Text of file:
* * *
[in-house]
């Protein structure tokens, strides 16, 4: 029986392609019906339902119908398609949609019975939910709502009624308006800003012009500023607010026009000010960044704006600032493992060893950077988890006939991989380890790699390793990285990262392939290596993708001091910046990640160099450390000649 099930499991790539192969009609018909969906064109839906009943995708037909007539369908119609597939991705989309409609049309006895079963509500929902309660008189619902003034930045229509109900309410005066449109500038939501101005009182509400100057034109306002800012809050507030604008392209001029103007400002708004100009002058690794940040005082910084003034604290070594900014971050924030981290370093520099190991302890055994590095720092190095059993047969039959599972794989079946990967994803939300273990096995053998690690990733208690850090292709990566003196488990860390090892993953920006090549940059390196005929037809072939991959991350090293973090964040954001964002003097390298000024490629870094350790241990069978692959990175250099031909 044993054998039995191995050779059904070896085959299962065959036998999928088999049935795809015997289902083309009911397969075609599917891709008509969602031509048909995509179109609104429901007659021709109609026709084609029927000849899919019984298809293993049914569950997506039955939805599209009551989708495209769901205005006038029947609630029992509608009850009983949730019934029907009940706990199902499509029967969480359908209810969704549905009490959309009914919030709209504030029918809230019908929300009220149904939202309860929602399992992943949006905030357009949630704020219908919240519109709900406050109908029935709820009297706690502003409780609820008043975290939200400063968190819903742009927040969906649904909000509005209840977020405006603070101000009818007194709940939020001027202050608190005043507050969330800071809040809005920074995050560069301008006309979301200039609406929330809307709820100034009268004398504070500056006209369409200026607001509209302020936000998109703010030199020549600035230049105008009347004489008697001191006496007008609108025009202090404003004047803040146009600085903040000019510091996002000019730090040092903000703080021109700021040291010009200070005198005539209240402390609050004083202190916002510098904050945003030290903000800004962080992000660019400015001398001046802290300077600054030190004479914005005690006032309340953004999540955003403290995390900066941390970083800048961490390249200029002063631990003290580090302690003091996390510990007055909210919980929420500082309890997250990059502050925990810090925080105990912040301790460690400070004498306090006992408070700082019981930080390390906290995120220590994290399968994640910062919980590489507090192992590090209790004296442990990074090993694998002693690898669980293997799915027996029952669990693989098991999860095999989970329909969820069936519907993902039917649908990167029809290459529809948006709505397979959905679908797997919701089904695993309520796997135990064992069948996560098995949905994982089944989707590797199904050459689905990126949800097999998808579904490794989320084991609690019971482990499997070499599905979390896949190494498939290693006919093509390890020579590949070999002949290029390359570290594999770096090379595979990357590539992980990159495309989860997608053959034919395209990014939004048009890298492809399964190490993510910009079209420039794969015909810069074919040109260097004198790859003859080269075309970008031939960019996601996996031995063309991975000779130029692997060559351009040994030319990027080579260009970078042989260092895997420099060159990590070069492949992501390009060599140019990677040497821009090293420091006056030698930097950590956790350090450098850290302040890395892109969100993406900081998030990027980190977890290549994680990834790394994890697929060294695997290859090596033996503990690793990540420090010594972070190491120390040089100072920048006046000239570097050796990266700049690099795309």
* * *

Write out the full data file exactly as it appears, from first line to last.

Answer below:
[in-house]
């Protein structure tokens, strides 16, 4: 029986392609019906339902119908398609949609019975939910709502009624308006800003012009500023607010026009000010960044704006600032493992060893950077988890006939991989380890790699390793990285990262392939290596993708001091910046990640160099450390000649 099930499991790539192969009609018909969906064109839906009943995708037909007539369908119609597939991705989309409609049309006895079963509500929902309660008189619902003034930045229509109900309410005066449109500038939501101005009182509400100057034109306002800012809050507030604008392209001029103007400002708004100009002058690794940040005082910084003034604290070594900014971050924030981290370093520099190991302890055994590095720092190095059993047969039959599972794989079946990967994803939300273990096995053998690690990733208690850090292709990566003196488990860390090892993953920006090549940059390196005929037809072939991959991350090293973090964040954001964002003097390298000024490629870094350790241990069978692959990175250099031909 044993054998039995191995050779059904070896085959299962065959036998999928088999049935795809015997289902083309009911397969075609599917891709008509969602031509048909995509179109609104429901007659021709109609026709084609029927000849899919019984298809293993049914569950997506039955939805599209009551989708495209769901205005006038029947609630029992509608009850009983949730019934029907009940706990199902499509029967969480359908209810969704549905009490959309009914919030709209504030029918809230019908929300009220149904939202309860929602399992992943949006905030357009949630704020219908919240519109709900406050109908029935709820009297706690502003409780609820008043975290939200400063968190819903742009927040969906649904909000509005209840977020405006603070101000009818007194709940939020001027202050608190005043507050969330800071809040809005920074995050560069301008006309979301200039609406929330809307709820100034009268004398504070500056006209369409200026607001509209302020936000998109703010030199020549600035230049105008009347004489008697001191006496007008609108025009202090404003004047803040146009600085903040000019510091996002000019730090040092903000703080021109700021040291010009200070005198005539209240402390609050004083202190916002510098904050945003030290903000800004962080992000660019400015001398001046802290300077600054030190004479914005005690006032309340953004999540955003403290995390900066941390970083800048961490390249200029002063631990003290580090302690003091996390510990007055909210919980929420500082309890997250990059502050925990810090925080105990912040301790460690400070004498306090006992408070700082019981930080390390906290995120220590994290399968994640910062919980590489507090192992590090209790004296442990990074090993694998002693690898669980293997799915027996029952669990693989098991999860095999989970329909969820069936519907993902039917649908990167029809290459529809948006709505397979959905679908797997919701089904695993309520796997135990064992069948996560098995949905994982089944989707590797199904050459689905990126949800097999998808579904490794989320084991609690019971482990499997070499599905979390896949190494498939290693006919093509390890020579590949070999002949290029390359570290594999770096090379595979990357590539992980990159495309989860997608053959034919395209990014939004048009890298492809399964190490993510910009079209420039794969015909810069074919040109260097004198790859003859080269075309970008031939960019996601996996031995063309991975000779130029692997060559351009040994030319990027080579260009970078042989260092895997420099060159990590070069492949992501390009060599140019990677040497821009090293420091006056030698930097950590956790350090450098850290302040890395892109969100993406900081998030990027980190977890290549994680990834790394994890697929060294695997290859090596033996503990690793990540420090010594972070190491120390040089100072920048006046000239570097050796990266700049690099795309």